Weather key to Ky. agriculture

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Coming out of the wettest combined April and May on record, Kentucky agriculture producers are dealing with a multitude of problems including flooding and increased disease, according to Tom Priddy, UK Extension meteorologist.

Data from Jan. 1 to May 31 reveals Kentucky’s wettest year on record with an average 31.38 inches of rainfall statewide. That figure surpasses the previous record of 31.18 inches set in 1950.

Here, at the Trimble County Extension Office, I recorded almost 24 inches of rainfall for April and May and over 18 inches of rainfall in Milton.

“Record flooding occurred along the Ohio River. The station at New Madrid and Cairo recorded the highest crest in history, while Paducah recorded its second-highest crest. Flooding was not just held to river basins; fields were saturated from early April through late May all across the state. Most of the fields in Trimble County were beginning to look a lot like soup! I don’t believe I can ever remember the Ohio River staying above flood stage for such an extended period of time.

The abundant rainfall significantly held up corn planting across the state and increased disease in winter wheat left standing in floodwaters. About the only positive was the above-normal low temperatures that kept a late freeze at bay, helping the state’s horticultural producers.

Priddy believes recent hot and dry conditions over much of the state may be short term. We expect overall rainfall to be around normal for June; however, temperatures should stay above normal. The rest of the summer should bring near-normal rainfall and cooler-than-normal temperatures. The current drop in temperature is a welcome relief.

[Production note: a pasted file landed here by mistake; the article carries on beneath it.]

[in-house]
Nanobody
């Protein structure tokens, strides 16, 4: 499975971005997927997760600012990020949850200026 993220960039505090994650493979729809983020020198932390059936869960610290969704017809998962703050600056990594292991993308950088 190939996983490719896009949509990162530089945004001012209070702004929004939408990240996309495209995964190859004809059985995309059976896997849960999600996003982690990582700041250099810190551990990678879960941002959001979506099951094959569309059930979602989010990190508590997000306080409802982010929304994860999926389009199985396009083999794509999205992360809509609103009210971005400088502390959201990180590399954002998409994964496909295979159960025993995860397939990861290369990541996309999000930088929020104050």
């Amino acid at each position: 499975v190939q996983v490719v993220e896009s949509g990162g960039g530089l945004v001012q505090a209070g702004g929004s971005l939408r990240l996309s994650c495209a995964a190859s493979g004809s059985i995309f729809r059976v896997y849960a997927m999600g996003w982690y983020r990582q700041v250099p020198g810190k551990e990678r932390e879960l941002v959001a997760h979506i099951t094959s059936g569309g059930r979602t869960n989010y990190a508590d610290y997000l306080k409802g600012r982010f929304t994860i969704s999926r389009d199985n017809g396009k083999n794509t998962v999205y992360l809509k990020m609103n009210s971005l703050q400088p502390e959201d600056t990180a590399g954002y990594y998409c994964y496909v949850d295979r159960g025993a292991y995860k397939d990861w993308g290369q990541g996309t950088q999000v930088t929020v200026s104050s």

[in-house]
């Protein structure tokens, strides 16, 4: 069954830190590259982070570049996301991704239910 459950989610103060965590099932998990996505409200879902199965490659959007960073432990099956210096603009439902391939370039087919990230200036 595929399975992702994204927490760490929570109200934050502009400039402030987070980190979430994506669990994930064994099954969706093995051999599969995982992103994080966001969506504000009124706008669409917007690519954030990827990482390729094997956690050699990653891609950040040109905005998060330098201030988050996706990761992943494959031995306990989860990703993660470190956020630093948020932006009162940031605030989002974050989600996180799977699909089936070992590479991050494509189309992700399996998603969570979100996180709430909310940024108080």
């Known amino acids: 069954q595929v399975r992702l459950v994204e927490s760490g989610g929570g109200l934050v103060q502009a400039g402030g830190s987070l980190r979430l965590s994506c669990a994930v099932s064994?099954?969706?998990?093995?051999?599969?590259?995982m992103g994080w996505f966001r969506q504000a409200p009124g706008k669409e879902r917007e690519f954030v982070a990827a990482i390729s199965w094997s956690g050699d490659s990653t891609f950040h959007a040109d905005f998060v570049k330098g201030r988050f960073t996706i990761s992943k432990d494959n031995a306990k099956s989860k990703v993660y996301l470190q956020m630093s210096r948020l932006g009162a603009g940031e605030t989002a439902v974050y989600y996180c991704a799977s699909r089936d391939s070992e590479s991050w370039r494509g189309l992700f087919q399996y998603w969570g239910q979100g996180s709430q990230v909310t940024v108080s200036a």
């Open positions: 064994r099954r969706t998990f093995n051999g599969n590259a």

Tropical storms are already starting to develop in the Gulf of Mexico, and that’s a strong start to hurricane season, which officially began June 1. For the six-month hurricane season the National Oceanic and Atmospheric Administration predicts 12 to 18 named storms of which 6 to 10 could become hurricanes, including three to six major hurricanes.

What does that mean for Kentucky? Well, we remember recent years when remnants of several tropical storms have moved up the Mississippi River and stalled over the Bluegrass state providing significant rainfall.

The NOAA predications are based on La Niña continuing to decrease to a neutral state in the south Pacific. It’ll be a completely different weather pattern if El Niño should return as some of the models suggest.

Michael Pyles is Trimble County’s Cooperative Extension agent for agriculture.